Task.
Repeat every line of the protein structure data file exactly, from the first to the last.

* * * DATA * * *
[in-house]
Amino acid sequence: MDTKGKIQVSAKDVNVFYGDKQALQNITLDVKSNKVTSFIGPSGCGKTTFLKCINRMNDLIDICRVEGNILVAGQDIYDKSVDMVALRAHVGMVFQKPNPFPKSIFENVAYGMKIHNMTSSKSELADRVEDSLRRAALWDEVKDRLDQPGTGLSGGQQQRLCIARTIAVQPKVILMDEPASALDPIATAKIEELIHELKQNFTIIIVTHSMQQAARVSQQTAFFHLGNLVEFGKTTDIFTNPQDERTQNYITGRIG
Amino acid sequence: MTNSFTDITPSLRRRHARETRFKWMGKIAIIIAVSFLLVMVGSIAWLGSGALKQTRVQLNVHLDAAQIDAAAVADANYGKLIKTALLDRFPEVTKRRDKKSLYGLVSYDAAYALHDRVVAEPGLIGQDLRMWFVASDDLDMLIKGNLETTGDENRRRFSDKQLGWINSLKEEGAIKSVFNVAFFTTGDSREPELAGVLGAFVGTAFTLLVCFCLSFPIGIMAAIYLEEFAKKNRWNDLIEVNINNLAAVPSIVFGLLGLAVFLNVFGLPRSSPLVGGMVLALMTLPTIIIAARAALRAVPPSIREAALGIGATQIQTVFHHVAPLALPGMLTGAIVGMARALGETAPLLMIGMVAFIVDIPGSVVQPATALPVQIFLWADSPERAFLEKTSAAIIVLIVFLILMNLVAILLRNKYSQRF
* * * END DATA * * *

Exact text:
[in-house]
Amino acid sequence: MDTKGKIQVSAKDVNVFYGDKQALQNITLDVKSNKVTSFIGPSGCGKTTFLKCINRMNDLIDICRVEGNILVAGQDIYDKSVDMVALRAHVGMVFQKPNPFPKSIFENVAYGMKIHNMTSSKSELADRVEDSLRRAALWDEVKDRLDQPGTGLSGGQQQRLCIARTIAVQPKVILMDEPASALDPIATAKIEELIHELKQNFTIIIVTHSMQQAARVSQQTAFFHLGNLVEFGKTTDIFTNPQDERTQNYITGRIG
Amino acid sequence: MTNSFTDITPSLRRRHARETRFKWMGKIAIIIAVSFLLVMVGSIAWLGSGALKQTRVQLNVHLDAAQIDAAAVADANYGKLIKTALLDRFPEVTKRRDKKSLYGLVSYDAAYALHDRVVAEPGLIGQDLRMWFVASDDLDMLIKGNLETTGDENRRRFSDKQLGWINSLKEEGAIKSVFNVAFFTTGDSREPELAGVLGAFVGTAFTLLVCFCLSFPIGIMAAIYLEEFAKKNRWNDLIEVNINNLAAVPSIVFGLLGLAVFLNVFGLPRSSPLVGGMVLALMTLPTIIIAARAALRAVPPSIREAALGIGATQIQTVFHHVAPLALPGMLTGAIVGMARALGETAPLLMIGMVAFIVDIPGSVVQPATALPVQIFLWADSPERAFLEKTSAAIIVLIVFLILMNLVAILLRNKYSQRF